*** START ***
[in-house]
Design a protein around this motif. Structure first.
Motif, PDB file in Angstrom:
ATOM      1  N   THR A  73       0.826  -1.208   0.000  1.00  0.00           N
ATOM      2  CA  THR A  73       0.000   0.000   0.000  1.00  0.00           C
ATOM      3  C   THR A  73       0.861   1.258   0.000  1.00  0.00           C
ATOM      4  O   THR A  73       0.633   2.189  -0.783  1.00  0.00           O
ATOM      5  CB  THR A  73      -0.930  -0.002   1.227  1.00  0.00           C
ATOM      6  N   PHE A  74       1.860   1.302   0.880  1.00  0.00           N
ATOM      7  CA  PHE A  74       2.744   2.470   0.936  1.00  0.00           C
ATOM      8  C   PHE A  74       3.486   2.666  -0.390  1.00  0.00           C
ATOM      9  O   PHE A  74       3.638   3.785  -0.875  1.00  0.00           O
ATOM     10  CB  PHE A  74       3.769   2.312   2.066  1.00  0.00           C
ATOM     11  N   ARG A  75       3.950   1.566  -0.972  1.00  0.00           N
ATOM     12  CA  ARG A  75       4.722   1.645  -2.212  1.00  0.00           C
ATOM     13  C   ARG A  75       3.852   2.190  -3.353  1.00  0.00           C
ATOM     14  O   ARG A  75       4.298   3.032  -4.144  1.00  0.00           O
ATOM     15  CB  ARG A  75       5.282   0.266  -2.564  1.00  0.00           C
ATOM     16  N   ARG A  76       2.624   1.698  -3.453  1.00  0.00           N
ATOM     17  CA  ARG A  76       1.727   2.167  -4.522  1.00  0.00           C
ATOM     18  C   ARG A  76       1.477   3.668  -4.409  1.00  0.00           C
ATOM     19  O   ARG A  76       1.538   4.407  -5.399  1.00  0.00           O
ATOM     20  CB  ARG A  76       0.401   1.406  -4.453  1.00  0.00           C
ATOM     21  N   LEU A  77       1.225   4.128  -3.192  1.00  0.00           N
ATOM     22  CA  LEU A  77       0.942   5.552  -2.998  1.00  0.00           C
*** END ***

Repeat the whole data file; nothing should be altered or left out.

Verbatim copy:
[in-house]
Design a protein around this motif. Structure first.
Motif, PDB file in Angstrom:
ATOM      1  N   THR A  73       0.826  -1.208   0.000  1.00  0.00           N
ATOM      2  CA  THR A  73       0.000   0.000   0.000  1.00  0.00           C
ATOM      3  C   THR A  73       0.861   1.258   0.000  1.00  0.00           C
ATOM      4  O   THR A  73       0.633   2.189  -0.783  1.00  0.00           O
ATOM      5  CB  THR A  73      -0.930  -0.002   1.227  1.00  0.00           C
ATOM      6  N   PHE A  74       1.860   1.302   0.880  1.00  0.00           N
ATOM      7  CA  PHE A  74       2.744   2.470   0.936  1.00  0.00           C
ATOM      8  C   PHE A  74       3.486   2.666  -0.390  1.00  0.00           C
ATOM      9  O   PHE A  74       3.638   3.785  -0.875  1.00  0.00           O
ATOM     10  CB  PHE A  74       3.769   2.312   2.066  1.00  0.00           C
ATOM     11  N   ARG A  75       3.950   1.566  -0.972  1.00  0.00           N
ATOM     12  CA  ARG A  75       4.722   1.645  -2.212  1.00  0.00           C
ATOM     13  C   ARG A  75       3.852   2.190  -3.353  1.00  0.00           C
ATOM     14  O   ARG A  75       4.298   3.032  -4.144  1.00  0.00           O
ATOM     15  CB  ARG A  75       5.282   0.266  -2.564  1.00  0.00           C
ATOM     16  N   ARG A  76       2.624   1.698  -3.453  1.00  0.00           N
ATOM     17  CA  ARG A  76       1.727   2.167  -4.522  1.00  0.00           C
ATOM     18  C   ARG A  76       1.477   3.668  -4.409  1.00  0.00           C
ATOM     19  O   ARG A  76       1.538   4.407  -5.399  1.00  0.00           O
ATOM     20  CB  ARG A  76       0.401   1.406  -4.453  1.00  0.00           C
ATOM     21  N   LEU A  77       1.225   4.128  -3.192  1.00  0.00           N
ATOM     22  CA  LEU A  77       0.942   5.552  -2.998  1.00  0.00           C